### Video Transcript

Find the values of π and π so that the point negative two π, two π plus π is the midpoint of the line segment between negative two, negative three and two, 11.

In this question, we need to determine the values of two unknowns π and π. And these unknowns appear in the expressions for the coordinates of the midpoint of a line segment. And in particular, weβre given the endpoints of this line segment, the points negative two, negative three and two, 11. So to answer this question, letβs start by recalling how we determine the coordinates of a midpoint from its endpoints.

First, we recall the midpoint of a line segment is the point on the line segment equidistant from its two endpoints. And we can recall if the endpoints of the line segment have coordinates π₯ sub one, π¦ sub one and π₯ sub two, π¦ sub two, then the midpoint will have coordinates π₯ sub one plus π₯ sub two over two, π¦ sub one plus π¦ sub two over two. In other words, the π₯-coordinate of the midpoint of the line segment is the average of the π₯-coordinates of the endpoints. Similarly, the π¦-coordinate of the midpoint is the average of the π¦-coordinates of the endpoints.

So weβll start by setting π₯ sub one equal to negative two, π¦ sub one equal to negative three, π₯ sub two equal to two, and π¦ sub two equal to 11. Thatβs the coordinates of the endpoints given to us in the question. We then have π₯ sub one plus π₯ sub two over two needs to be equal to the π₯-coordinate of the midpoint. In our case, thatβs negative two π. Since π₯ sub one is negative two and π¦ sub one is two, we get that negative two π is equal to negative two plus two all over two. We can evaluate the right-hand side of this equation. The numerator is equal to zero. So the right-hand side of this equation is equal to zero. Therefore, negative two π is equal to zero.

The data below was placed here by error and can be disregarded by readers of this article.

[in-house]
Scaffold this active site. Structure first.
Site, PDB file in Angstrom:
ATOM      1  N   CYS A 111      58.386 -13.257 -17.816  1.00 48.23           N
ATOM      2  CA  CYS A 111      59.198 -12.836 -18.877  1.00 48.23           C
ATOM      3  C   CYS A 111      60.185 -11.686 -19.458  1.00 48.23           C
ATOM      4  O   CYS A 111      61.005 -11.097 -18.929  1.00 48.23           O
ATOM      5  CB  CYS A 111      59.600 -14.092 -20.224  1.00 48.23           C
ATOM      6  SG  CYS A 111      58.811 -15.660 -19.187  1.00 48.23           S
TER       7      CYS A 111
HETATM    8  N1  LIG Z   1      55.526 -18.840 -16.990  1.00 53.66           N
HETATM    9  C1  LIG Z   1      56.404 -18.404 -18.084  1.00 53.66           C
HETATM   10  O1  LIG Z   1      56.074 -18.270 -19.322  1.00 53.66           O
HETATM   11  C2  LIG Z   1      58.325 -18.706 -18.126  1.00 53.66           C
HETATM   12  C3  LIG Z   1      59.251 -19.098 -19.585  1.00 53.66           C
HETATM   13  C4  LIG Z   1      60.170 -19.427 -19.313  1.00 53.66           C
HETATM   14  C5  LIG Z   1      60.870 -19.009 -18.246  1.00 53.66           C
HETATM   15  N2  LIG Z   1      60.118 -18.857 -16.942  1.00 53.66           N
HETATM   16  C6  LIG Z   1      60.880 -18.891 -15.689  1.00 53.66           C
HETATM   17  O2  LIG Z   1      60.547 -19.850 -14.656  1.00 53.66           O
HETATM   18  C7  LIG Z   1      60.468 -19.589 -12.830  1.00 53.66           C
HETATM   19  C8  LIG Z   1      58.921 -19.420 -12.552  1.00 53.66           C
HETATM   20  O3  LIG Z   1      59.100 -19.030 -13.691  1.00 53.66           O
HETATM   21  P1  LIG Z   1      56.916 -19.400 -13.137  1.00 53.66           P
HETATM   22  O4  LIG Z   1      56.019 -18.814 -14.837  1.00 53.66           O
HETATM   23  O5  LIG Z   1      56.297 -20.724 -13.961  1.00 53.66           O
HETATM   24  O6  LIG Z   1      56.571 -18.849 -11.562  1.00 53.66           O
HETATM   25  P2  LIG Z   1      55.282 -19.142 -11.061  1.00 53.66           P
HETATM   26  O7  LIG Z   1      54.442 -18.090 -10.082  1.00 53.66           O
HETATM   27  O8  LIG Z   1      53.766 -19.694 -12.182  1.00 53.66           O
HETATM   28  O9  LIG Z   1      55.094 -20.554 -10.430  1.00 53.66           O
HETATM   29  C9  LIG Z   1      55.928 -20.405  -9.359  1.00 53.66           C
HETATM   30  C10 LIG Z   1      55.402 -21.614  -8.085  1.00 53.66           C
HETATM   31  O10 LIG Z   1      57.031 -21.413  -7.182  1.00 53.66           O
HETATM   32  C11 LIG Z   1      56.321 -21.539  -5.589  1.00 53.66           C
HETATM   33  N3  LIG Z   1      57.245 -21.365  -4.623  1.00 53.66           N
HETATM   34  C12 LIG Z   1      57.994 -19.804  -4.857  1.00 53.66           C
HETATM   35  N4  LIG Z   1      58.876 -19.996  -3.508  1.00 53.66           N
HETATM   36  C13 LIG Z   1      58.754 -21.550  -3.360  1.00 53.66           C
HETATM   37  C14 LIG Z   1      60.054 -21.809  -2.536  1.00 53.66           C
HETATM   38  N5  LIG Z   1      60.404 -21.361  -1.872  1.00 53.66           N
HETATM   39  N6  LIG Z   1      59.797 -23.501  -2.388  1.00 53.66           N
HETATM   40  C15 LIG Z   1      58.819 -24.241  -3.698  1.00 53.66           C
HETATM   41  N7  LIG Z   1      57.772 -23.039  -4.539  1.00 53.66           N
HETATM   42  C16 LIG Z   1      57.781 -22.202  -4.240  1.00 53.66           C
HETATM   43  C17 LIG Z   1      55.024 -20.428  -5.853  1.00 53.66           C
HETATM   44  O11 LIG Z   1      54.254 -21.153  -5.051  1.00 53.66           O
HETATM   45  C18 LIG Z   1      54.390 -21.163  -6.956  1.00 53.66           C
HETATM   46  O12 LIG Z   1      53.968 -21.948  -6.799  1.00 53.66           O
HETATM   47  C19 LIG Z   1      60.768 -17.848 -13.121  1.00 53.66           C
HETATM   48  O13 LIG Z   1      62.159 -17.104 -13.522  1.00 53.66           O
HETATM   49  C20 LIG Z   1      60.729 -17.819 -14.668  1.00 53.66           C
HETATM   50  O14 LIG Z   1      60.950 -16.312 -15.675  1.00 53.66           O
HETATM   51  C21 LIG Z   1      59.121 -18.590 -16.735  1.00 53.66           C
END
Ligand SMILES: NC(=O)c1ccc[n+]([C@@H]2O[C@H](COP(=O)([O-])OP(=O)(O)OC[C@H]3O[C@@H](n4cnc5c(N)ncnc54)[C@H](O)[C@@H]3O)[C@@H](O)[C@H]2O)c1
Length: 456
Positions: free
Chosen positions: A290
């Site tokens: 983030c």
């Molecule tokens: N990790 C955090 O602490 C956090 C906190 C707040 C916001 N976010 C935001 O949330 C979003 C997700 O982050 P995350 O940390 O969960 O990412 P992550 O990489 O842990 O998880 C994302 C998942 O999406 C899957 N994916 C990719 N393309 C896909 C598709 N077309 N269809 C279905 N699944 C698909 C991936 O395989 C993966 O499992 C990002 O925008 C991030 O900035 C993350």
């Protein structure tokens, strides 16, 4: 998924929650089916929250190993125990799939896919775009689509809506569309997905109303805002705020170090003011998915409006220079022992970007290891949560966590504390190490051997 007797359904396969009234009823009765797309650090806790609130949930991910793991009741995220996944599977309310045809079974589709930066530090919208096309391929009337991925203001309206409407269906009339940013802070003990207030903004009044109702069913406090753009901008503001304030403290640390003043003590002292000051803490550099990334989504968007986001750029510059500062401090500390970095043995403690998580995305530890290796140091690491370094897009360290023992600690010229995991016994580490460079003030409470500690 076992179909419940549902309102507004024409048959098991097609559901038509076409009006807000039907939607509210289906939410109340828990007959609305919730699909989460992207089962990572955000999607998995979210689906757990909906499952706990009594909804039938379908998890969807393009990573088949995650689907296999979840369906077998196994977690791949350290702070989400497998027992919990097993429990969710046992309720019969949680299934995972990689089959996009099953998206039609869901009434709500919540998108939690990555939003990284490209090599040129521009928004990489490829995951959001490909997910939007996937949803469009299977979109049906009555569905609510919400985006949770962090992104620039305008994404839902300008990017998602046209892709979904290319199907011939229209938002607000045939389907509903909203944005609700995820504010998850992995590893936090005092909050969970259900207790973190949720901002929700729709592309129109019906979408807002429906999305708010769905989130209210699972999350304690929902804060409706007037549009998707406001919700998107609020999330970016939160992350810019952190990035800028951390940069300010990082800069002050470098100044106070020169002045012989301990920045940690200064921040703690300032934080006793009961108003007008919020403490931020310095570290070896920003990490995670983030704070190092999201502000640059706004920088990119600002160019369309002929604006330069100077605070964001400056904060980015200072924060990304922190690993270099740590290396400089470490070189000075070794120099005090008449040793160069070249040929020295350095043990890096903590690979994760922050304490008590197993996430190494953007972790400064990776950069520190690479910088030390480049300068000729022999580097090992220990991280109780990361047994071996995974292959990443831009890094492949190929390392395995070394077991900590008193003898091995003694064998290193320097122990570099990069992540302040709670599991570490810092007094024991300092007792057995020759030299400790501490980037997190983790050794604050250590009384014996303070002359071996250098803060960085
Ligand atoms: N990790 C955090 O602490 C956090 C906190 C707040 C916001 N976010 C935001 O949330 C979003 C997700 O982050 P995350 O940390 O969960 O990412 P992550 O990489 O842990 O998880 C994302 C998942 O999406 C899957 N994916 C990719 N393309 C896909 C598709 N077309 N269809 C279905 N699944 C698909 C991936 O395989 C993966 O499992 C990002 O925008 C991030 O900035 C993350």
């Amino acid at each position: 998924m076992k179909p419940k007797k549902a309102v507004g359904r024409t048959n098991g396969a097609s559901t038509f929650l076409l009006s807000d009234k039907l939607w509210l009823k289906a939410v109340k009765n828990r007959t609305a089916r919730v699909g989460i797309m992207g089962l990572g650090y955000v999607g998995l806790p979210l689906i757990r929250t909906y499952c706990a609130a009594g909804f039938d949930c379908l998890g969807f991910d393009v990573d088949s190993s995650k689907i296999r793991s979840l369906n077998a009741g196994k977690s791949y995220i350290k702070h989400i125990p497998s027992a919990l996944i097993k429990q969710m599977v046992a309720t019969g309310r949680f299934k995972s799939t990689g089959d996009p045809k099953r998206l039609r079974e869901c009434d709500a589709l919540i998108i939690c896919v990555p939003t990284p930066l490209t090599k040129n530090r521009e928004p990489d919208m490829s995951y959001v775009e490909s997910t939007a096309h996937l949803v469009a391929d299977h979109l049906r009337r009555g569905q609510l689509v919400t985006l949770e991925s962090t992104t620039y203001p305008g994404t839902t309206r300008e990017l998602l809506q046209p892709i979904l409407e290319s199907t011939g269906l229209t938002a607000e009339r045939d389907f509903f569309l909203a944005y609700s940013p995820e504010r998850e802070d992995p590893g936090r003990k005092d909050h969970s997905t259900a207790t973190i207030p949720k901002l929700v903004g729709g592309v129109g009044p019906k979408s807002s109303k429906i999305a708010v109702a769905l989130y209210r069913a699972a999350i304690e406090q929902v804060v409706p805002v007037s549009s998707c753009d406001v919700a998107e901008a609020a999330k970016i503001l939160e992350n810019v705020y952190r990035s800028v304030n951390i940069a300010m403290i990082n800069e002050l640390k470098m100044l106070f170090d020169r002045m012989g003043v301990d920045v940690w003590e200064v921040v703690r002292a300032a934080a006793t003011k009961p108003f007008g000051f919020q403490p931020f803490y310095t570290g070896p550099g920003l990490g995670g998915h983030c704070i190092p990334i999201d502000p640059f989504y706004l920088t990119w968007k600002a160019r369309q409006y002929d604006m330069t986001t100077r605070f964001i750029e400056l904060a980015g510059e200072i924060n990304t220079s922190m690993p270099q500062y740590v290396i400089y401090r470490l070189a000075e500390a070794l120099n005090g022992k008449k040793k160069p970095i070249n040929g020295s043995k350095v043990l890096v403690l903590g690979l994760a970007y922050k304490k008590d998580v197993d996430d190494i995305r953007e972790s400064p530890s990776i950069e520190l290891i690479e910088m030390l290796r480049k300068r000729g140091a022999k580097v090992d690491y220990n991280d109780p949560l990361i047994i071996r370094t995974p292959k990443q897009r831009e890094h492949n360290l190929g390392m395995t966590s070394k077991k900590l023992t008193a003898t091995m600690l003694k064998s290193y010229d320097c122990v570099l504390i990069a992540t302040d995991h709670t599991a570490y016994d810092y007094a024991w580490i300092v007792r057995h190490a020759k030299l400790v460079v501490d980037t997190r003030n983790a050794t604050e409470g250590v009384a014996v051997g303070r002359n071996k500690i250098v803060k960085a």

We can then solve for π by dividing through by negative two. We get that π is equal to zero. We can now follow the same process for the π¦-coordinate. First, the π¦-coordinate of the midpoint is two π plus π. Next, in our formula, weβre told this is equal to the average of the π¦-coordinates of the endpoints. Thatβs π¦ sub one plus π¦ sub two all over two. Substituting in π¦ sub one is negative three and π¦ sub two is equal to 11, we get that this is equal to negative three plus 11 all over two.

And now we can simplify. First, our value of π is equal to zero. So we can substitute π is equal to zero into this equation. And since two times zero is zero, the left-hand side simplifies to give us π. We can then evaluate the right-hand side of this equation. First, in the numerator, we have negative three plus 11, which is equal to eight, which then gives us π is equal to eight divided by two, which we can calculate is equal to four. Therefore, we were able to show if the point negative two π, two π plus π is the midpoint of the line segment between negative two, negative three, two, 11, then π must be equal to zero and π must be equal to four.